Monday, October 28, 2013 4:40 pm
Conviction tossed for NJ man in bite-mark case
By DAVID PORTERAssociated Press
Court officers removed Gerard Richardson's shackles for the brief hearing and, when it concluded, allowed his mother, Annie, to step inside the gate. The two shared a tear-filled hug.
"I asked him when he would be home and he said a few more days," she said. "He said, `I'll be home soon.' It feels great."
Richardson was to be transferred from state prison to the Somerset county jail and was expected to be released on $5,000 bail later this week. Though it didn't oppose the overturning of the conviction, the Somerset county prosecutor's office has not dismissed the charges against Richardson, and state Superior Court Judge Julie Marino gave prosecutors until Dec. 17 to decide whether to retry him.
"There's been a lot of Christmases missed, a lot of Thanksgivings missed, a lot of birthdays missed," Richardson's brother, Kevin, said. "We have a lot to make up. We are looking forward to having a big dinner, sitting down together and laughing and joking."
The 48-year-old Richardson was convicted in 1995 of the murder of 19-year-old Monica Reyes, whose body was found in a ditch in Bernards Township in north-central New Jersey in 1994. The chief physical evidence against Richardson was a bite mark on Reyes' back that a prosecution expert testified was made by Richardson. Prosecutors also contended Richardson had threatened Reyes over a $90 drug debt.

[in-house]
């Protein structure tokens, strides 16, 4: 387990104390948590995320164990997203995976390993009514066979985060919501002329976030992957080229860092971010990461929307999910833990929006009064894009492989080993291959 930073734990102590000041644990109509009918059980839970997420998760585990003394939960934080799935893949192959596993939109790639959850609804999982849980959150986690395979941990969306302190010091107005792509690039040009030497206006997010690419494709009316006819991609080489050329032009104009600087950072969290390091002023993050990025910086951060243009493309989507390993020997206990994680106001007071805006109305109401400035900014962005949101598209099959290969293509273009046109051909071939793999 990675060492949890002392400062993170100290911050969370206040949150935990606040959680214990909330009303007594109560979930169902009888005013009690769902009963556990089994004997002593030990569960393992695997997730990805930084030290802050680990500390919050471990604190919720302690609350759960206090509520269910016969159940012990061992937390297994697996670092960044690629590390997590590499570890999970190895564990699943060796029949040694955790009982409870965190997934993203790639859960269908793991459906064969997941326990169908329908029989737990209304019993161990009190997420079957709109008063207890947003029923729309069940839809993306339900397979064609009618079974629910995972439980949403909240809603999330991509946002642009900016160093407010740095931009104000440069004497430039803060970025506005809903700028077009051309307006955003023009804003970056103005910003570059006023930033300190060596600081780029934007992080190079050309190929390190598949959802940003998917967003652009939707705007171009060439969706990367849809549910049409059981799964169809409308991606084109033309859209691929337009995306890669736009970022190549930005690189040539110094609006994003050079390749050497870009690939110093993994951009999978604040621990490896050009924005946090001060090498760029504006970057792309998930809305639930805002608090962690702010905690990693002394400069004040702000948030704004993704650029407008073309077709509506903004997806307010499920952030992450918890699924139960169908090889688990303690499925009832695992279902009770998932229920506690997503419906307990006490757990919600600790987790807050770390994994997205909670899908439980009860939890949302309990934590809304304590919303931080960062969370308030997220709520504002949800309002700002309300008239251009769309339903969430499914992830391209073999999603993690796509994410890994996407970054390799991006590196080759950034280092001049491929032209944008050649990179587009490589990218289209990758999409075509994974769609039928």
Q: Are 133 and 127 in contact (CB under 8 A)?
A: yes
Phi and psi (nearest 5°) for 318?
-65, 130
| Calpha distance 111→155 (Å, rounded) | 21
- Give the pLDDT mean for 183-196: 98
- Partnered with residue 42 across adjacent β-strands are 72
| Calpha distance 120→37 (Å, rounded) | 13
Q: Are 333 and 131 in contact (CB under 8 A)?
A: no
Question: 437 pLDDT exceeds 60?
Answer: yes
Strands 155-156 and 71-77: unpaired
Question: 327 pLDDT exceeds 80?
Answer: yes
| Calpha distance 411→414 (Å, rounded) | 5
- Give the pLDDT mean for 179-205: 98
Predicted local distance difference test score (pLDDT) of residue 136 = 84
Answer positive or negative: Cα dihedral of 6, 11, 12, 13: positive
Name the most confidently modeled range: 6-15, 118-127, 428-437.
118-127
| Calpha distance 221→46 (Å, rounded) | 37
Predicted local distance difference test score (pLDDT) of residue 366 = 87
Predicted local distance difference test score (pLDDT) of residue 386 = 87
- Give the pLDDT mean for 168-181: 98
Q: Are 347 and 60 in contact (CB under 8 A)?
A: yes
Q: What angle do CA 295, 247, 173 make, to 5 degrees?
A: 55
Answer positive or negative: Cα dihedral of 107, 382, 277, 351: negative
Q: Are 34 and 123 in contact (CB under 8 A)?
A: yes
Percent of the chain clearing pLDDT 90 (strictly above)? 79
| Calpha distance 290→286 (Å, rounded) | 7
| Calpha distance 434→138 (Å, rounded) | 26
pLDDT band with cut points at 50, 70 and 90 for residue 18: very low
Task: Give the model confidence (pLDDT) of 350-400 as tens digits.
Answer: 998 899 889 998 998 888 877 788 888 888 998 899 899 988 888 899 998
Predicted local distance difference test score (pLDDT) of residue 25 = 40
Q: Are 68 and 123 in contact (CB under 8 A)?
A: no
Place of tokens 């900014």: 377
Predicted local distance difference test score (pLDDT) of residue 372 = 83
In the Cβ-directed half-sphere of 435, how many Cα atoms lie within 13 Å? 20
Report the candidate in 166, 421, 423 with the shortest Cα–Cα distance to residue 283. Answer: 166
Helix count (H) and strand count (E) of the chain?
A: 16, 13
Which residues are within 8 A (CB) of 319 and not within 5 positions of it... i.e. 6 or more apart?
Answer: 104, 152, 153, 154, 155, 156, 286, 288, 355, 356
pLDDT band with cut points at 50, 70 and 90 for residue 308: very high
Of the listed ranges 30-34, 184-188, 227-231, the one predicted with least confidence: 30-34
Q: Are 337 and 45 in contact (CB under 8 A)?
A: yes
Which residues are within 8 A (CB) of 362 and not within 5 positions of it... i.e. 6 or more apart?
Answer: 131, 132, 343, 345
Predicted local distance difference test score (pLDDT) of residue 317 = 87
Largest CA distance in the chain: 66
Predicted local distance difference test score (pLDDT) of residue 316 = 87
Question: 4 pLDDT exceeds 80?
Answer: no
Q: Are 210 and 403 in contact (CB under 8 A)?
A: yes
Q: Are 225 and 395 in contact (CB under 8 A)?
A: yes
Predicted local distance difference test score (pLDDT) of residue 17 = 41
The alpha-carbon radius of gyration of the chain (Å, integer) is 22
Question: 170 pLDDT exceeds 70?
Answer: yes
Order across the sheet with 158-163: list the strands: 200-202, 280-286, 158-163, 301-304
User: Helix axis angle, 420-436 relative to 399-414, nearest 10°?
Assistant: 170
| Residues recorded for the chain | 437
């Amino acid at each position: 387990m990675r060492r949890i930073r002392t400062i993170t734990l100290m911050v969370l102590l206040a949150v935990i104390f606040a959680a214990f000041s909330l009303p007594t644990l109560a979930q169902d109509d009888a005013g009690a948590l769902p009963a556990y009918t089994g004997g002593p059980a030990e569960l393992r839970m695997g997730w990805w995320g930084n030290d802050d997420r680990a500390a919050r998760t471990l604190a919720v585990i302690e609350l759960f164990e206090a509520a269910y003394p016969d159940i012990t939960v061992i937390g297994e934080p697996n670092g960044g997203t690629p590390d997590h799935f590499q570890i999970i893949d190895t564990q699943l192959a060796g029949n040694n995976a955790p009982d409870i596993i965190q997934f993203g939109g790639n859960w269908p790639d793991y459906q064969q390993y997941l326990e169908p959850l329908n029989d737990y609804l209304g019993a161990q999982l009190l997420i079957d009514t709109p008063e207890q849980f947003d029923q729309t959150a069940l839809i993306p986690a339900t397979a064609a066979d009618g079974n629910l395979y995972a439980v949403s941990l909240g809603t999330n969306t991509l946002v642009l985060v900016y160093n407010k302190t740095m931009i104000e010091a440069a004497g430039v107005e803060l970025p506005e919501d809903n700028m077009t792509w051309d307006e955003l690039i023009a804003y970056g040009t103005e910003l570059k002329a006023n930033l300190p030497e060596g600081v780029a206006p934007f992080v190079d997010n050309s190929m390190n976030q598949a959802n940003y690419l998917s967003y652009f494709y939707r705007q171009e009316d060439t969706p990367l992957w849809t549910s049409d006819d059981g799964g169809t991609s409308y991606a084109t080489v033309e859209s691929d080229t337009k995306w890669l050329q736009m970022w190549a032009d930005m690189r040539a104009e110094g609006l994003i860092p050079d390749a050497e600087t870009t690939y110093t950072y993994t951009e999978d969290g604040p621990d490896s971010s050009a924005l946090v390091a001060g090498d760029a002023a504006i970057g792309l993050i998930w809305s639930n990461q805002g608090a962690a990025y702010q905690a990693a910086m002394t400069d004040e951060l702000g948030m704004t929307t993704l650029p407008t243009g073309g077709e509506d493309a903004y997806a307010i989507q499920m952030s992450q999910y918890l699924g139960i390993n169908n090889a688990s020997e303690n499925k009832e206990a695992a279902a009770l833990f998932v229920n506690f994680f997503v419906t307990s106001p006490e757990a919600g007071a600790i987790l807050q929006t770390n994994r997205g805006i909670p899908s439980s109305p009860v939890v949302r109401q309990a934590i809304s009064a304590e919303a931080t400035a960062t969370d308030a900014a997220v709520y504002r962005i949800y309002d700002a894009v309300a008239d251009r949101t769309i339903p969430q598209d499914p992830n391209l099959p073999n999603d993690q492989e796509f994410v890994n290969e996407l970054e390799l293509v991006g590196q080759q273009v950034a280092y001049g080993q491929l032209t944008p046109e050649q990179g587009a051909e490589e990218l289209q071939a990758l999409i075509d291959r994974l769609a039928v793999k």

After years of appeals, a recent court-ordered DNA test requested by the Innocence Project - using more advanced testing methods than were available in the 1990s - revealed that the mark contained the DNA of a different man and ruled out Richardson.
"It's always been clear that the person who bit the victim is the person who killed her," Innocence Project lawyer Vanessa Potkin said after Monday's hearing. "The state now has the genetic profile of the person who did this, and hopefully they can identify the perpetrator."
Bite-mark evidence has been criticized by defense attorneys as unreliable and an example of "junk science." A 2013 analysis by The Associated Press found that at least two dozen men charged with or convicted of rape or murder based on bite-mark evidence since 2000 had been exonerated, including some who had spent more than 10 years in prison. Proponents of the method say it's been used to convict violent criminals such as serial killer Ted Bundy.
Barry Scheck, who co-founded the Innocence Project in the 1990s, said Monday his organization would seek to take a closer look at other cases in New Jersey in which bite-mark evidence played a prominent role in prosecutions.
Before overturning the conviction, Marino noted how long the case has spent under appeal and pushed for a resolution.
"This has got to be agonizing for the defendant's family and agonizing for the victim's family," she said. "We need to start pushing forward for the truth, whatever that may be."
Richardson wouldn't have been eligible for parole until May 2025 on his state prison term, according to the state Department of Corrections' online database.